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Increasing impact through engagement & involvement

Graphic of people talking

Engagement and involvement are vital parts of research, and are increasingly encouraged by research organisations, funders and other stakeholders. However, there can be confusion around what engagement and involvement mean and where they overlap. Here we take a closer look at both.

Involving patients and the public can ensure research is asking the best questions and is run in the best way for those it impacts most. Engaging the public with your research can showcase your work, get the public’s views, and create interest. Both engagement and involvement can help you see your own work in new ways, which can be incredibly rewarding.

What is engagement? 

Engagement is having an interaction or running activities with the public. It can be talking with the public about your research, inspiring them about science in general, or for entertainment. 

Examples of engagement include: 

  • A talk or stall at a science festival 
  • Social media question and answer session 
  • Going into the community with hands-on activities 
  • Running a science club at a school 

When planning an engagement activity, think carefully about what you want to get out of it, who you want to engage with and what style suits you best.

Remember engagement should be a two-way interaction – ask open questions and listen to what your audience says. Think carefully about how to communicate with your audience, what language to use, and prepare some stories and metaphors that can convey the key information.

If you are tackling a tricky topic such as vaccines, be honest and don’t avoid subjects like possible side effects. People can react negatively if they feel you are hiding information. And the most important thing: enjoy yourself! People connect better when they can see someone’s passion and excitement. 

What is involvement? 

Involvement is carrying out research with or by members of the public rather than to, about or for them. In this context, ‘public’ can refer to patients, carers, people using health and social care services, and members of the public.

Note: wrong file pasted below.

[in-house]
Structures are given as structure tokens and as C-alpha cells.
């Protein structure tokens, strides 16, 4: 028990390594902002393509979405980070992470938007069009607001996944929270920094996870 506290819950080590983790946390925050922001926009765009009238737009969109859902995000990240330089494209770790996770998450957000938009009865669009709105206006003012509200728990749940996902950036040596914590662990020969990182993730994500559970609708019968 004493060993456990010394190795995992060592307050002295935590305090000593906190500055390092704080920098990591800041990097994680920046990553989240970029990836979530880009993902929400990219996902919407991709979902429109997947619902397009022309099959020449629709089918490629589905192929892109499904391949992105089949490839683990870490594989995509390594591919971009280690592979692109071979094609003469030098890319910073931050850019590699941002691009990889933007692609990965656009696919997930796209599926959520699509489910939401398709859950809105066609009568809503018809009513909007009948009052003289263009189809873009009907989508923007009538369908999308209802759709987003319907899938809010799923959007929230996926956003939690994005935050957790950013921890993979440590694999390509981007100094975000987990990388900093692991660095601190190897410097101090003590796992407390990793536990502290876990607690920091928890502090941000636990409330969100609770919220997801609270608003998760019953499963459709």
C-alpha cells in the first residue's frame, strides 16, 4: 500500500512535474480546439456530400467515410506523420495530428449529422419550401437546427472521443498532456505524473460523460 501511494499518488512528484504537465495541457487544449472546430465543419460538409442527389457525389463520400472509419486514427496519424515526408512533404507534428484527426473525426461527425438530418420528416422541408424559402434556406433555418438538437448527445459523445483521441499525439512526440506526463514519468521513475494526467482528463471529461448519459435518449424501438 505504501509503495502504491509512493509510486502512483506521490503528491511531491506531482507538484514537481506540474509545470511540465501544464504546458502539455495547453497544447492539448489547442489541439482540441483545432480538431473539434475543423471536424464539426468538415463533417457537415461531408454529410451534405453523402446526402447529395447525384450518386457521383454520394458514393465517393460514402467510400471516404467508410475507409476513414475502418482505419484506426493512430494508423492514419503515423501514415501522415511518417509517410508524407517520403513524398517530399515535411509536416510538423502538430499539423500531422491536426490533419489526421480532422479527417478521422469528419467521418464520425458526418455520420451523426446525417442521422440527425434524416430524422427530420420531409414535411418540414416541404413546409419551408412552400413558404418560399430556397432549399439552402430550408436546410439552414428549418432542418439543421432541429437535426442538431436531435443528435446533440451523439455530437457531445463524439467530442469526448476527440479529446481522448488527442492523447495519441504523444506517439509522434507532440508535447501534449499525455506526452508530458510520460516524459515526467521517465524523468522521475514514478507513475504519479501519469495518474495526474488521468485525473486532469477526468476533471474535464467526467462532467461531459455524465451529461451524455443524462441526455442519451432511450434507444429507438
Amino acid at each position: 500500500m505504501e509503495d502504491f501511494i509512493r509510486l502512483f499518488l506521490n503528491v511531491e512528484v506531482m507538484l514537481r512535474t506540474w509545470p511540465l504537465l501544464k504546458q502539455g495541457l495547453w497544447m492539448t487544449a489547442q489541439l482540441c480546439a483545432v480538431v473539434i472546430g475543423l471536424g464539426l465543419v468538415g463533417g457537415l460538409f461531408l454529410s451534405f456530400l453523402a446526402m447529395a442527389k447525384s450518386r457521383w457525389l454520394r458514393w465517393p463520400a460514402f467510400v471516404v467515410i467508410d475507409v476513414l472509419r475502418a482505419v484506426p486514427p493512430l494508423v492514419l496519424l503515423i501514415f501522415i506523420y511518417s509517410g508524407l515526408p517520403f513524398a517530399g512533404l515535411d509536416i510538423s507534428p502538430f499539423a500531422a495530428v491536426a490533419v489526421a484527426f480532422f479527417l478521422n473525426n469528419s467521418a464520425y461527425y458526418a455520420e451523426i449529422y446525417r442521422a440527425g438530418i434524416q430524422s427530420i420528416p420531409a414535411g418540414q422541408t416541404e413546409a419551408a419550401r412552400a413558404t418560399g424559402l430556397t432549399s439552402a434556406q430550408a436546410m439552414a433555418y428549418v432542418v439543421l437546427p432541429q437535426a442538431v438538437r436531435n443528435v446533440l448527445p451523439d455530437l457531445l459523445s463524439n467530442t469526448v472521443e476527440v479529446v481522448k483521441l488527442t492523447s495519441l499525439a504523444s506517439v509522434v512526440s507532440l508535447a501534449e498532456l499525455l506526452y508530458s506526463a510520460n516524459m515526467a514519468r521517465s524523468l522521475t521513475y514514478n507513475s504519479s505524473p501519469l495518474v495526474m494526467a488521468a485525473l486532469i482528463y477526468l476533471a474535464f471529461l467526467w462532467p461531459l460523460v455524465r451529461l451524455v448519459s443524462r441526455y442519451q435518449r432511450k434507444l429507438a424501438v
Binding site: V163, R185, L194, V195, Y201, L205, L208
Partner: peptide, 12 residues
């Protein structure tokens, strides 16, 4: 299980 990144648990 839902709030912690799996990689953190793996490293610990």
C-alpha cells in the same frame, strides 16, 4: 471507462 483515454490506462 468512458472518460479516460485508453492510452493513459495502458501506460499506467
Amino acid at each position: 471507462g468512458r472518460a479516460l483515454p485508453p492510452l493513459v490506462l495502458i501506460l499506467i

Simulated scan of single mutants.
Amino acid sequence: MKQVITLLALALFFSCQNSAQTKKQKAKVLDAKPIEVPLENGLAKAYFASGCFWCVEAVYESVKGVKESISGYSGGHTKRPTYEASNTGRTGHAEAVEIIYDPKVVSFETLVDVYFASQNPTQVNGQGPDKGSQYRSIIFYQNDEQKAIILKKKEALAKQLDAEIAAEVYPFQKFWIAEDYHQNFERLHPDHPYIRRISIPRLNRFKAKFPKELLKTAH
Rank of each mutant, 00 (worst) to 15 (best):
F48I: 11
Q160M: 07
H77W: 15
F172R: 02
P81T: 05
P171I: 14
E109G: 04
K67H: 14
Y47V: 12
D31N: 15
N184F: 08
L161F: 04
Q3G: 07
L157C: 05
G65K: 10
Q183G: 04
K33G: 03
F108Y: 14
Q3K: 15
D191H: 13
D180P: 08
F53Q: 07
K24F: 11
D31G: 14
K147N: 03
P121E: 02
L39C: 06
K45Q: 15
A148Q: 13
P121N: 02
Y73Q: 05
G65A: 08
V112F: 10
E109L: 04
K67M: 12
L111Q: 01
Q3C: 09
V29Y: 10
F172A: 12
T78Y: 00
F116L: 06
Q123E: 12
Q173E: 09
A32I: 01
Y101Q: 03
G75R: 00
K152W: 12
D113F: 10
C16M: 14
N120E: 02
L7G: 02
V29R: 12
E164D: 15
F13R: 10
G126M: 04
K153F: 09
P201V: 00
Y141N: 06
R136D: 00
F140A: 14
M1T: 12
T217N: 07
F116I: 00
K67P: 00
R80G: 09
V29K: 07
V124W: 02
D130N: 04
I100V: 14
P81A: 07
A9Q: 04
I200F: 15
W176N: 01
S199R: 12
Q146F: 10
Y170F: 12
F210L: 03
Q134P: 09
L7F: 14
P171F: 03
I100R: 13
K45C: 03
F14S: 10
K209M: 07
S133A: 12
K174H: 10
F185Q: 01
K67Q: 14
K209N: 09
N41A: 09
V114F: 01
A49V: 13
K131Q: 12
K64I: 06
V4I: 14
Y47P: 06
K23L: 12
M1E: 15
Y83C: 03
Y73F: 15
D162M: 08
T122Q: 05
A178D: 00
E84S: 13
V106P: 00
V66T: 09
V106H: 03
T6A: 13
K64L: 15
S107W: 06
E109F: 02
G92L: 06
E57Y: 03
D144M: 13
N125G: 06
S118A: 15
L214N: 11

Involvement can look like: 

  • Having panels which advise and guide research projects 
  • Including patients, carers or the public as co-applicants on grants 
  • Getting feedback on resources 
  • Co-creation of training and events 

When incorporating involvement into your research, think carefully about how to work with people in a meaningful way. Ensure contributors feel valued for their time and efforts and treat them like the collaborators and colleagues they are. 

Remember involvement initiatives should be accessible. Use plain language in communications whenever possible. 

Try to build involvement into your projects from the beginning, for example, by including patients and the public as co-applicants or running focus groups on your project’s design. Don't forget that involvement can be part of basic research too!

Lots of researchers find involvement beneficial. It can give you a direct line to the people your research affects most and improve research in a myriad of ways from recruitment and retention to speedier ethics approval and more targeted dissemination of results. 

How do engagement and involvement overlap? 

While engagement and involvement are different, there can be overlap. For example, you might attend a local community event to both talk about your work and to get feedback on your research. You could run an activity at a festival where you are also seeking input on how data is stored or shared in health research. These activities could be considered both engagement and involvement; the most important thing is to think carefully about why you are doing your chosen activity and what the public will get out of it. 


Chris-Snowden-Smith, BSI Engagement & Careers Officer and Hana Ayoob, BSI Patient and Public Involvement Manager 

Find out how the BSI team could help you with engagement and involvement activities.